KUALA LUMPUR (NewsRise) -- Property developer Eco World International has secured approval from the Securities Commission to raise $500 million from what would be Malaysia's largest initial public offering in more than a year.
The IPO, if successful, comes at a time when stocks in the Southeast Asian nation are stabilizing after a punishing 2015, as foreign investors return to the market on the back of receding political concerns and a rally in the Malaysian ringgit.
Eco World International plans to use proceeds from the IPO to fund projects in the U.K. and Australia as well as to repay borrowings taken to part-finance acquisition of land, development expenditure and other costs, Eco World said in a statement.
"We look forward to completing the whole exercise by mid-2016," said Eco World vice chairman Liew Kee Sin. "Once we are listed we will be placed on a much stronger footing to grow our business internationally and take advantage of attractive new development opportunities."
Eco World's proposed IPO will be the country's largest since power producer Malakoff Corp raised $792 million in April last year. IPOs of four companies raised $173 million year-to-date, compared to just one share sale which raised $5 million over the same period in 2015, according to data from Dealogic.
Eco World plans to sell up to 2.15 billion new shares, or 89.7% of the company, and issue up to 960.0 million free warrants on the basis of two warrants for every five shares held after the IPO.
The company didn't disclose potential proceeds in the Thursday statement, although Eco World executives have previously said its planned IPO could raise over 2.00 billion ringgit ($500 million). Eco World's listed parent, Eco World Development Group, plans to hold up to 30% in the company after the listing.
Eco World currently has three projects in London that fetched the company 581.1 million pound sterling in sales while one project in Sydney achieved 265.6 million Australian dollars in sales.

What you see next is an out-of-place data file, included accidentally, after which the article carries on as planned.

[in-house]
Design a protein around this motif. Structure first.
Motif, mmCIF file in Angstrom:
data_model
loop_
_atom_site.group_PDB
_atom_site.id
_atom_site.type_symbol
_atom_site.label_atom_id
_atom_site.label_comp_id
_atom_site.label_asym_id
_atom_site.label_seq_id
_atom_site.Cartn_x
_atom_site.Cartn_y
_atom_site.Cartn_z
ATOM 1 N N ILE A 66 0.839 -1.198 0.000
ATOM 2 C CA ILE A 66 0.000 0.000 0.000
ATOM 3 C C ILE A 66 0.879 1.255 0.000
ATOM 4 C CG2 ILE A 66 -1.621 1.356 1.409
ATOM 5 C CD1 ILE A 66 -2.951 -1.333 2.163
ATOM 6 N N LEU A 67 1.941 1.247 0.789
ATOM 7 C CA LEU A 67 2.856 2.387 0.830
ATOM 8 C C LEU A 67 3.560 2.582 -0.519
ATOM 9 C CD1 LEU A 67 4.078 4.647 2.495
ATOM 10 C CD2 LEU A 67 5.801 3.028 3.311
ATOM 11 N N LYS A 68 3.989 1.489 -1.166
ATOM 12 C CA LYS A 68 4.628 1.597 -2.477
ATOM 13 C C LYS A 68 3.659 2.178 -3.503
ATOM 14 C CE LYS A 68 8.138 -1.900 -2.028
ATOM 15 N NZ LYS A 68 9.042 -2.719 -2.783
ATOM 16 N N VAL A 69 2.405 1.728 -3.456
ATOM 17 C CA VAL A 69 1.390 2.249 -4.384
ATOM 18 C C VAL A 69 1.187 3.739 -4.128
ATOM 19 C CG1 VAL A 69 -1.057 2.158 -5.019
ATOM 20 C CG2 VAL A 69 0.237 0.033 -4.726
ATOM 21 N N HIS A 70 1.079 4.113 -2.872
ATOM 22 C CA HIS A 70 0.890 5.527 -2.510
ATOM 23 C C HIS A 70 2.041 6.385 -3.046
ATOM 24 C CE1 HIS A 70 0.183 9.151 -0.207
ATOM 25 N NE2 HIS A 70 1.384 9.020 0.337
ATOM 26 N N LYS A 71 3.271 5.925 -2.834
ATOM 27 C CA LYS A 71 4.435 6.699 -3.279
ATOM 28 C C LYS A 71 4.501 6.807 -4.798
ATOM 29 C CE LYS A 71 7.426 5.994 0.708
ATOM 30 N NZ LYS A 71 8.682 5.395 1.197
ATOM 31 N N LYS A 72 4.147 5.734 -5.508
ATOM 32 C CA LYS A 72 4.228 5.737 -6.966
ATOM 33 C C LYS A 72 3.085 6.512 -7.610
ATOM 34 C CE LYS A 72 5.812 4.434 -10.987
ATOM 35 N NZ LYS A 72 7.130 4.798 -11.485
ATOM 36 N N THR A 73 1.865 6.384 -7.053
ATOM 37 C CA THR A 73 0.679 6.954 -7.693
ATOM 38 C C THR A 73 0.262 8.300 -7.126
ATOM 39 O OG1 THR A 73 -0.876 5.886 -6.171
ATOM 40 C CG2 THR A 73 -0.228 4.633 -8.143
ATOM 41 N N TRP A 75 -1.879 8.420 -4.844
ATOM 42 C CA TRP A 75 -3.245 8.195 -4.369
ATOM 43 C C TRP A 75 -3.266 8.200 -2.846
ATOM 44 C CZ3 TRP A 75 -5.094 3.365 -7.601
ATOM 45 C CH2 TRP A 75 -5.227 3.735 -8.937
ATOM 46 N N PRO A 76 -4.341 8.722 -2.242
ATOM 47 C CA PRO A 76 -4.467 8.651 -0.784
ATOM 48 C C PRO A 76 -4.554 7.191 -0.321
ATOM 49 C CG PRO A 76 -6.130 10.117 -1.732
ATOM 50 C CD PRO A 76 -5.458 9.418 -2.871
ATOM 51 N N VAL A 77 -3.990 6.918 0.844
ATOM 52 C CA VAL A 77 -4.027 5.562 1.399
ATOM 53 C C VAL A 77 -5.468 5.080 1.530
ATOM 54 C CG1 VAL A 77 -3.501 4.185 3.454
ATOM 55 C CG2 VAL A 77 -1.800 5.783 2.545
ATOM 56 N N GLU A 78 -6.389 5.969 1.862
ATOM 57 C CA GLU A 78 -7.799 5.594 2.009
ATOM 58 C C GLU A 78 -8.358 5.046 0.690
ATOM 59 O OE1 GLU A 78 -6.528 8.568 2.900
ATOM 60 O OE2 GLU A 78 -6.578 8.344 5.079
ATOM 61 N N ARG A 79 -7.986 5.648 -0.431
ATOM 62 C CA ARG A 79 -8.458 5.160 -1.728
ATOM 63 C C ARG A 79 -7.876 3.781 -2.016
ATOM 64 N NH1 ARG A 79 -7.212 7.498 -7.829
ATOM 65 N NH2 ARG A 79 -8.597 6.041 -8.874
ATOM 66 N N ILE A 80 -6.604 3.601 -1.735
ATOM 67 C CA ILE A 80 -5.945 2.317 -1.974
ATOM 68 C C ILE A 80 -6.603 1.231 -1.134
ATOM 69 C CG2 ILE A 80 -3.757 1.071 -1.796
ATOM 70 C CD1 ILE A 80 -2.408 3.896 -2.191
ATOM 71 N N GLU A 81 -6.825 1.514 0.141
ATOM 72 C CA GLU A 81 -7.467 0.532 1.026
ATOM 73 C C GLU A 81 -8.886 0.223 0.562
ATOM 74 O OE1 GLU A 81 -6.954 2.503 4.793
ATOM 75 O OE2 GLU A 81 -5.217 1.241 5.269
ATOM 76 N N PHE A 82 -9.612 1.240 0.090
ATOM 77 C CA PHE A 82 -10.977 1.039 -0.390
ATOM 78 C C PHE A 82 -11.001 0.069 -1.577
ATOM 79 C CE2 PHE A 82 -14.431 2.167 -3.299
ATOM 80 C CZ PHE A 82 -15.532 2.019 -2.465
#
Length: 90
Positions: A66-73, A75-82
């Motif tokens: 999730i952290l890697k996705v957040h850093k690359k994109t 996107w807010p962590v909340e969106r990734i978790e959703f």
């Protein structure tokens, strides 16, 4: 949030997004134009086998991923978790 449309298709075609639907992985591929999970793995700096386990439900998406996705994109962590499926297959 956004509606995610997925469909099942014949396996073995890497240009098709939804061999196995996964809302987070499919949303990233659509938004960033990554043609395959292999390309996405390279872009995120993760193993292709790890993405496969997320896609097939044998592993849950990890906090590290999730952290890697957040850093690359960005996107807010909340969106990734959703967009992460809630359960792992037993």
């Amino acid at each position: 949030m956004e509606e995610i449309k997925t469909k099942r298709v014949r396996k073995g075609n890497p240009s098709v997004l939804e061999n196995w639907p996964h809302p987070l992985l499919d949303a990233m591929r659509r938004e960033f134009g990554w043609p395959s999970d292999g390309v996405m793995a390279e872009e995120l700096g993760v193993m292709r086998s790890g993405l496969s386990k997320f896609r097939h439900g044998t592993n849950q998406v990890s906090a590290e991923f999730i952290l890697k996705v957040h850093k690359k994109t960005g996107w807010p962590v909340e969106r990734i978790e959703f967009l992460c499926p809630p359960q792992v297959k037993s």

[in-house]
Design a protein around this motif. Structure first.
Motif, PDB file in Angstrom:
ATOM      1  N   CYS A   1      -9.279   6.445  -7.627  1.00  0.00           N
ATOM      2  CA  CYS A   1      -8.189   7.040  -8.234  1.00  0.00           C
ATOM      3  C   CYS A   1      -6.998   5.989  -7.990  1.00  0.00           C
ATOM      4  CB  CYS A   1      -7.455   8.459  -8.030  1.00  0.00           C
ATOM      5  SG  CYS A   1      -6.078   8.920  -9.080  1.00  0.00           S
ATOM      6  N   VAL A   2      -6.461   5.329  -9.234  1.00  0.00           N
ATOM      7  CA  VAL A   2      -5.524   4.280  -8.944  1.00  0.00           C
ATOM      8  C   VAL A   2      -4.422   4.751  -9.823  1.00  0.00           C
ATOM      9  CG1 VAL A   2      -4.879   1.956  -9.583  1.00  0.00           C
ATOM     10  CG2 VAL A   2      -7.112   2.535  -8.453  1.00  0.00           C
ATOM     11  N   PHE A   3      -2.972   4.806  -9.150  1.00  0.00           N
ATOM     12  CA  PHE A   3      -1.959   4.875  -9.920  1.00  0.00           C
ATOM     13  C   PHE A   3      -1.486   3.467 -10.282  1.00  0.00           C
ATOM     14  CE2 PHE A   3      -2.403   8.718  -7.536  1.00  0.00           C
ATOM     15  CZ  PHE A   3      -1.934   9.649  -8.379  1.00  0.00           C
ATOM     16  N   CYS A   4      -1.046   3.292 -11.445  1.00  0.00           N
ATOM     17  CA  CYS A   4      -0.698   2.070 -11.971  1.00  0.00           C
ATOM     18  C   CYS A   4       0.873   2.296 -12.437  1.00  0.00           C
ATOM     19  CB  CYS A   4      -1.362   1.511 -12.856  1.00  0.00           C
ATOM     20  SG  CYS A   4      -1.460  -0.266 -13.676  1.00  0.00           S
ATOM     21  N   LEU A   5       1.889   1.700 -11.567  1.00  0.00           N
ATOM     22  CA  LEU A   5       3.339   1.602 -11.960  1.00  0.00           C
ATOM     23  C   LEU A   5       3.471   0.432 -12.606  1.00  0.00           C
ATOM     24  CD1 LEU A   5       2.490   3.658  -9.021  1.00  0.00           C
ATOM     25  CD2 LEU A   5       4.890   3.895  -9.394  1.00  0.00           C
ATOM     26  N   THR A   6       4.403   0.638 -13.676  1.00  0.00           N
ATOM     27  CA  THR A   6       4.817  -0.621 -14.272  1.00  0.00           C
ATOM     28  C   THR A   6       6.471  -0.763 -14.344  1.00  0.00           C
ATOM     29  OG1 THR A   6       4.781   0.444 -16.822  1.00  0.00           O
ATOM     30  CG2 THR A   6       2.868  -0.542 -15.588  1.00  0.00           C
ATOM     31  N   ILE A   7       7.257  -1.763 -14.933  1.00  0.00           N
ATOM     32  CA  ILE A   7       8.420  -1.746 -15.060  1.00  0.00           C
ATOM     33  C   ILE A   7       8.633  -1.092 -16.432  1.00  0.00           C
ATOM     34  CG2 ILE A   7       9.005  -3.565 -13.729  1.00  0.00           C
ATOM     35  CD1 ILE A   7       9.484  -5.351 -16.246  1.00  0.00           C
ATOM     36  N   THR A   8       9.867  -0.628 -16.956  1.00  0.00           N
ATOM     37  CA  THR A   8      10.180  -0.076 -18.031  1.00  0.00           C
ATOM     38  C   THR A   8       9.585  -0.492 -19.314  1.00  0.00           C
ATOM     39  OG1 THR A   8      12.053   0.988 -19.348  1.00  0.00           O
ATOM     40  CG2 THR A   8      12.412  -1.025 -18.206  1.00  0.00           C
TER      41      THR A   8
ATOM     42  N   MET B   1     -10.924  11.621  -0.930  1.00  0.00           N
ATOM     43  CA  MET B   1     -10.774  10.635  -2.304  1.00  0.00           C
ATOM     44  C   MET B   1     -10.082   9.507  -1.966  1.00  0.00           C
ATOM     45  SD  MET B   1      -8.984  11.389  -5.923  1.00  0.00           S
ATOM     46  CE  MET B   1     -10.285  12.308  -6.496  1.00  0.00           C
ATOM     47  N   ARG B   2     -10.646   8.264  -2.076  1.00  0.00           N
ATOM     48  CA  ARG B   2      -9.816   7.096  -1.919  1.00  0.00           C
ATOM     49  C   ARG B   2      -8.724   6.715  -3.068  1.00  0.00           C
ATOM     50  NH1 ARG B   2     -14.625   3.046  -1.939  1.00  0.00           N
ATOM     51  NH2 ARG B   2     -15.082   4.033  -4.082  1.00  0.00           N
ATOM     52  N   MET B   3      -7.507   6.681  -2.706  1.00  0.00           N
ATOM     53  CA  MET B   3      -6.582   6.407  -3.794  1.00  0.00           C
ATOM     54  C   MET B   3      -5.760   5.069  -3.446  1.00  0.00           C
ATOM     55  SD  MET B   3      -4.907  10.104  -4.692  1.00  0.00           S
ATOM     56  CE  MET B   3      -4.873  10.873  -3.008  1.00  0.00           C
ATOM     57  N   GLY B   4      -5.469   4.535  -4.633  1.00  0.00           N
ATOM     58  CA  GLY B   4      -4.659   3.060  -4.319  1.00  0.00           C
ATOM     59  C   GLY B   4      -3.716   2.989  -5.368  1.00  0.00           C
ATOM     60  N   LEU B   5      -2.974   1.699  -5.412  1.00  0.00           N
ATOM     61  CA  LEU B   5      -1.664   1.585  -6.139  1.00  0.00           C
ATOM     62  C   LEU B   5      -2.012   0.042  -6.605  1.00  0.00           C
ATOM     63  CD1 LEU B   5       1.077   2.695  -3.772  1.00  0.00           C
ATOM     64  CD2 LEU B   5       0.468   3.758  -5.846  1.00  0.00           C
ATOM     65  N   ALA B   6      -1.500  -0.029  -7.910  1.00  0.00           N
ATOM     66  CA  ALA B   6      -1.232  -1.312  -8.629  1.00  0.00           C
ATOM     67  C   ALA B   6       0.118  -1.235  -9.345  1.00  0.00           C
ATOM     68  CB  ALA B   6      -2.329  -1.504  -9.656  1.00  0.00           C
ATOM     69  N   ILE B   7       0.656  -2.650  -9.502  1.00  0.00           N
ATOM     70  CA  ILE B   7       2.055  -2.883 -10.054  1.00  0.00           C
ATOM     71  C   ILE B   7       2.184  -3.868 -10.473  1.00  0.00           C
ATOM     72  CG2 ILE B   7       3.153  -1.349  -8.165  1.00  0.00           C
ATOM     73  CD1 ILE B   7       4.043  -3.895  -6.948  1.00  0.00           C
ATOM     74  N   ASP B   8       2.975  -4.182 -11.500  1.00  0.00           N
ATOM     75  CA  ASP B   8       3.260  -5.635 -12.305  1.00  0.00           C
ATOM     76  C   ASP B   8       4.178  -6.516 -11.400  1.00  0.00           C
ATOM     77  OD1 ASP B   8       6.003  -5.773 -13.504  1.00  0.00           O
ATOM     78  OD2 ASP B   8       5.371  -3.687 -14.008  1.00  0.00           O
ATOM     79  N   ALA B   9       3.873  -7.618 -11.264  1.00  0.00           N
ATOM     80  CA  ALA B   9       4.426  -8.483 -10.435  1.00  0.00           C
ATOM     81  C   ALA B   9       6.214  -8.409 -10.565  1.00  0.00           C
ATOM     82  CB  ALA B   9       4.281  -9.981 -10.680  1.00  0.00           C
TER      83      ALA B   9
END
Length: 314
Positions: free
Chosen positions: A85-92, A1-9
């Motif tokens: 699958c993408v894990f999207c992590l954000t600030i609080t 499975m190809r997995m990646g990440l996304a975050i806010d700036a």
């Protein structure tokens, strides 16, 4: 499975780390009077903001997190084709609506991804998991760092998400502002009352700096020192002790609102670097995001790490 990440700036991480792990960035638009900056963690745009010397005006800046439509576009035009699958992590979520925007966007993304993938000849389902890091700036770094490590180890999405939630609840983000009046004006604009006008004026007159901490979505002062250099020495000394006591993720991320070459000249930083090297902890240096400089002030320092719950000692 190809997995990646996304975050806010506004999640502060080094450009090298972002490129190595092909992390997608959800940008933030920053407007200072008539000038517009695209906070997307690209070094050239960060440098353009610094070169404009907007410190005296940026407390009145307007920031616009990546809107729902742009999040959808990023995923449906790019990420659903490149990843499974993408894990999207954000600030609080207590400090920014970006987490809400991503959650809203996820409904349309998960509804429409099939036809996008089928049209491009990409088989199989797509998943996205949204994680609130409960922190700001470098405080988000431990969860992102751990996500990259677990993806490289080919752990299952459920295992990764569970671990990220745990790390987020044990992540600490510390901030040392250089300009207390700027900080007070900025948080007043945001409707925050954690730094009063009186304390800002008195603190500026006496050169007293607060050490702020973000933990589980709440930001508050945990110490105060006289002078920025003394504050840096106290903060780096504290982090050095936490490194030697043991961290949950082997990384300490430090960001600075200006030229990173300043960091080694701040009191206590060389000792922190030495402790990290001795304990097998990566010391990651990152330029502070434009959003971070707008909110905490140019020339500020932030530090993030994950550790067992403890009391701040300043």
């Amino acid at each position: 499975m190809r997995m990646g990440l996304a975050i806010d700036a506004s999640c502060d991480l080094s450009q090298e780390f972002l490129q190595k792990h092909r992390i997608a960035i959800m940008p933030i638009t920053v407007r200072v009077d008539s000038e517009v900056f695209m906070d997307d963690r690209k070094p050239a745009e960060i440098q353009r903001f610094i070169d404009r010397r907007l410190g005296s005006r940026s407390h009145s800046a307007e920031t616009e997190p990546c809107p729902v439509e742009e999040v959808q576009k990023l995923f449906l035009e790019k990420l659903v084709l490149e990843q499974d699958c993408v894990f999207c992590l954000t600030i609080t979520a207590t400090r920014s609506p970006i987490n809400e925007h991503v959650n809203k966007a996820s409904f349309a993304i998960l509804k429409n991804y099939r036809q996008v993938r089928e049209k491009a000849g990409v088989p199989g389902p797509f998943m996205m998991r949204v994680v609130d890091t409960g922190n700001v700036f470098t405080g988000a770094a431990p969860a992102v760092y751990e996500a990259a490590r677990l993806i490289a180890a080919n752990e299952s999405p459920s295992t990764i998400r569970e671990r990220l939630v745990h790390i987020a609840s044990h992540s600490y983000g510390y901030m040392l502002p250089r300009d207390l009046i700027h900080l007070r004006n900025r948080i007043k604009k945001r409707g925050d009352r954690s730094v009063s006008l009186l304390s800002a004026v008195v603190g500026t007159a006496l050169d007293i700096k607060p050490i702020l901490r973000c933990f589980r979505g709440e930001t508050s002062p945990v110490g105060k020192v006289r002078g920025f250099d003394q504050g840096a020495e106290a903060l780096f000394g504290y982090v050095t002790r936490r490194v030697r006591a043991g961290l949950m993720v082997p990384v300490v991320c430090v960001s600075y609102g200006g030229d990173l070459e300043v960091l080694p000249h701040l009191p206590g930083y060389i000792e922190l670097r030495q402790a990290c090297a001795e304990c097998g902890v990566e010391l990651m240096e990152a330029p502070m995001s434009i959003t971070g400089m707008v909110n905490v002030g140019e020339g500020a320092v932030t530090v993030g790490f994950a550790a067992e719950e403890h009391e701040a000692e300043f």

"The IPO will enable institutional and retail investors to invest directly in an international property developer that offers an attractive portfolio of existing development projects in the U.K. and Australia," Eco World added.
Malaysia's benchmark FTSE Bursa Malaysia KLCI has climbed 1.5% so far this year while the ringgit has gained nearly 10% since January aided in-part by a rebound in crude oil prices.
IPOs of 10 companies raised about $1.02 billion in Malaysia for the entire 2015, a year marked by sharp decline in the country's oil-linked currency and controversy surrounding a state-owned investment fund that dragged down stocks and other assets.
That prompted corporates to delay or shelve fund raising activities last year as the benchmark KLCI lost 3.9% through 2015. Foreign investors meanwhile dumped emerging market assets ahead of a rise in U.S. interest rates, pushing the ringgit down by more than 20% against the U.S. dollar last year.
Eco World Development Group rose 1.4% at 1.44 ringgit on Friday while the KLCI was down 0.3%.